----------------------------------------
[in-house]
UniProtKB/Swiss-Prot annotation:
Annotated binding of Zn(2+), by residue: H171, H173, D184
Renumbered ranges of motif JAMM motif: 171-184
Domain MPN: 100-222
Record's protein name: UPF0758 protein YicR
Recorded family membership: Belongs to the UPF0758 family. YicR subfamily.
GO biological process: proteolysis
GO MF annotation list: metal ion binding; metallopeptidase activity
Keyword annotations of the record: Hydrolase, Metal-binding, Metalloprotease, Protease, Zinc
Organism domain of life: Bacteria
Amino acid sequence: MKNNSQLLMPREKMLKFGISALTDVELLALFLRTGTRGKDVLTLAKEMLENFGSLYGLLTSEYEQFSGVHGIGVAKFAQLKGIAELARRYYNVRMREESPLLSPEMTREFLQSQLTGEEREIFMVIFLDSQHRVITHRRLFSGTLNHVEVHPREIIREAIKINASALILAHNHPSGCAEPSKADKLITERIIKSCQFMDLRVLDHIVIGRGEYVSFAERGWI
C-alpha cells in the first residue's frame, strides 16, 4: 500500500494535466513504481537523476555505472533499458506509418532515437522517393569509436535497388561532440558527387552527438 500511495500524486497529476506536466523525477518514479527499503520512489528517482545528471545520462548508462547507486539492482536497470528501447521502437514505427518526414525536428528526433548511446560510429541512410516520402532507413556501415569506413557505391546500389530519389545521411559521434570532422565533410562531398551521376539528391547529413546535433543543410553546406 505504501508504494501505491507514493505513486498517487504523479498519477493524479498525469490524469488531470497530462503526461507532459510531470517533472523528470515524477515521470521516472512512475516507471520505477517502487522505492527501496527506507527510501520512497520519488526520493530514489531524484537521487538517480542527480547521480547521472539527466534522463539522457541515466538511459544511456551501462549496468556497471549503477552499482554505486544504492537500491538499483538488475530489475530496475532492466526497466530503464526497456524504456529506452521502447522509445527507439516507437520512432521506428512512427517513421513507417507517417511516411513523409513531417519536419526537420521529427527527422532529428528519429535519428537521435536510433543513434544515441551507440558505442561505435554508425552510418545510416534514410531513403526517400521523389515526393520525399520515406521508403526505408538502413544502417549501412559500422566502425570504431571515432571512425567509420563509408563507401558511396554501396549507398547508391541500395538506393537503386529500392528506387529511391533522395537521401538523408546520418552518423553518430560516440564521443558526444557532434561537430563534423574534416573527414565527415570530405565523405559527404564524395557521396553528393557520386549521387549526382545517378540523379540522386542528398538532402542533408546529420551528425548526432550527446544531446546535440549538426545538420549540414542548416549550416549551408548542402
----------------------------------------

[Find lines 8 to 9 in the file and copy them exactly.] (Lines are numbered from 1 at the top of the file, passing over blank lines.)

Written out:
GO biological process: proteolysis
GO MF annotation list: metal ion binding; metallopeptidase activity